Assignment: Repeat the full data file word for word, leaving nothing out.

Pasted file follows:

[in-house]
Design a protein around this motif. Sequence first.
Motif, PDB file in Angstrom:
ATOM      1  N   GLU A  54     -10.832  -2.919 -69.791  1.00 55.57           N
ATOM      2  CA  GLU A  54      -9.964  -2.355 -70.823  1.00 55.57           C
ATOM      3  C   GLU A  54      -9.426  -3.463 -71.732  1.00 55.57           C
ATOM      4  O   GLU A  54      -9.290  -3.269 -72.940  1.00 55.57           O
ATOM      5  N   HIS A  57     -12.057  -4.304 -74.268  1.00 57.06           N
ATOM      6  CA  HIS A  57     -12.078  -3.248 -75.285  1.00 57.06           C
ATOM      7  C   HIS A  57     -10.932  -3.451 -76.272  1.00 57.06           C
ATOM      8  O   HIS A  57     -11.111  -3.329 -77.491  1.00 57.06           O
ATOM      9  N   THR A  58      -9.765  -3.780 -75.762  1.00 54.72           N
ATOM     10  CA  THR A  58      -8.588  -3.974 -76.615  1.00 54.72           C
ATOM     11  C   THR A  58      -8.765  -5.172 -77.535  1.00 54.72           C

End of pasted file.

[in-house]
Design a protein around this motif. Sequence first.
Motif, PDB file in Angstrom:
ATOM      1  N   GLU A  54     -10.832  -2.919 -69.791  1.00 55.57           N
ATOM      2  CA  GLU A  54      -9.964  -2.355 -70.823  1.00 55.57           C
ATOM      3  C   GLU A  54      -9.426  -3.463 -71.732  1.00 55.57           C
ATOM      4  O   GLU A  54      -9.290  -3.269 -72.940  1.00 55.57           O
ATOM      5  N   HIS A  57     -12.057  -4.304 -74.268  1.00 57.06           N
ATOM      6  CA  HIS A  57     -12.078  -3.248 -75.285  1.00 57.06           C
ATOM      7  C   HIS A  57     -10.932  -3.451 -76.272  1.00 57.06           C
ATOM      8  O   HIS A  57     -11.111  -3.329 -77.491  1.00 57.06           O
ATOM      9  N   THR A  58      -9.765  -3.780 -75.762  1.00 54.72           N
ATOM     10  CA  THR A  58      -8.588  -3.974 -76.615  1.00 54.72           C
ATOM     11  C   THR A  58      -8.765  -5.172 -77.535  1.00 54.72           C